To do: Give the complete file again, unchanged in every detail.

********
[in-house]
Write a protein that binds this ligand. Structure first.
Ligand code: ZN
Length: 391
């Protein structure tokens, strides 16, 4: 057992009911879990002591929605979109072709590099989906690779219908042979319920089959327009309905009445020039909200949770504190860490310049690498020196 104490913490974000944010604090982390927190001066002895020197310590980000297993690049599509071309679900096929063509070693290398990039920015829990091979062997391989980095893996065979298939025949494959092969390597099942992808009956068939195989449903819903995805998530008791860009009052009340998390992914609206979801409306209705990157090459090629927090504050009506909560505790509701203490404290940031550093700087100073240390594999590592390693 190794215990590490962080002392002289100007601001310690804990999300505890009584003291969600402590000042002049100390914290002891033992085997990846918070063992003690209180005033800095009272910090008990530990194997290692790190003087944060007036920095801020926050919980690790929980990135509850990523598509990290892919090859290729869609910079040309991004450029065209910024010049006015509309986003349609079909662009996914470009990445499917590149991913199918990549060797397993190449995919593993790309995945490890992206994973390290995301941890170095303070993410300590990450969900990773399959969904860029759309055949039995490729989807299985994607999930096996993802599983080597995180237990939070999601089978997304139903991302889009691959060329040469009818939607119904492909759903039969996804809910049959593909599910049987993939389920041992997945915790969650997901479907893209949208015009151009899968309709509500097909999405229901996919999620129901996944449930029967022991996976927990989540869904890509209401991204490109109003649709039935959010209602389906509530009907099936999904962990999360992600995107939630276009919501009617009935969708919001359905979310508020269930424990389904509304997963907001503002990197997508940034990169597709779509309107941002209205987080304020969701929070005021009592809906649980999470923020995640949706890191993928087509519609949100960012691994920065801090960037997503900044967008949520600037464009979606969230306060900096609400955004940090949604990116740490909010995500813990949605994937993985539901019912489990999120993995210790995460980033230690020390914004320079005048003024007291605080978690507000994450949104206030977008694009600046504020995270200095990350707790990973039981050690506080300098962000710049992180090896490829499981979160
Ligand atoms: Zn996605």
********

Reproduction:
[in-house]
Write a protein that binds this ligand. Structure first.
Ligand code: ZN
Length: 391
């Protein structure tokens, strides 16, 4: 057992009911879990002591929605979109072709590099989906690779219908042979319920089959327009309905009445020039909200949770504190860490310049690498020196 104490913490974000944010604090982390927190001066002895020197310590980000297993690049599509071309679900096929063509070693290398990039920015829990091979062997391989980095893996065979298939025949494959092969390597099942992808009956068939195989449903819903995805998530008791860009009052009340998390992914609206979801409306209705990157090459090629927090504050009506909560505790509701203490404290940031550093700087100073240390594999590592390693 190794215990590490962080002392002289100007601001310690804990999300505890009584003291969600402590000042002049100390914290002891033992085997990846918070063992003690209180005033800095009272910090008990530990194997290692790190003087944060007036920095801020926050919980690790929980990135509850990523598509990290892919090859290729869609910079040309991004450029065209910024010049006015509309986003349609079909662009996914470009990445499917590149991913199918990549060797397993190449995919593993790309995945490890992206994973390290995301941890170095303070993410300590990450969900990773399959969904860029759309055949039995490729989807299985994607999930096996993802599983080597995180237990939070999601089978997304139903991302889009691959060329040469009818939607119904492909759903039969996804809910049959593909599910049987993939389920041992997945915790969650997901479907893209949208015009151009899968309709509500097909999405229901996919999620129901996944449930029967022991996976927990989540869904890509209401991204490109109003649709039935959010209602389906509530009907099936999904962990999360992600995107939630276009919501009617009935969708919001359905979310508020269930424990389904509304997963907001503002990197997508940034990169597709779509309107941002209205987080304020969701929070005021009592809906649980999470923020995640949706890191993928087509519609949100960012691994920065801090960037997503900044967008949520600037464009979606969230306060900096609400955004940090949604990116740490909010995500813990949605994937993985539901019912489990999120993995210790995460980033230690020390914004320079005048003024007291605080978690507000994450949104206030977008694009600046504020995270200095990350707790990973039981050690506080300098962000710049992180090896490829499981979160
Ligand atoms: Zn996605």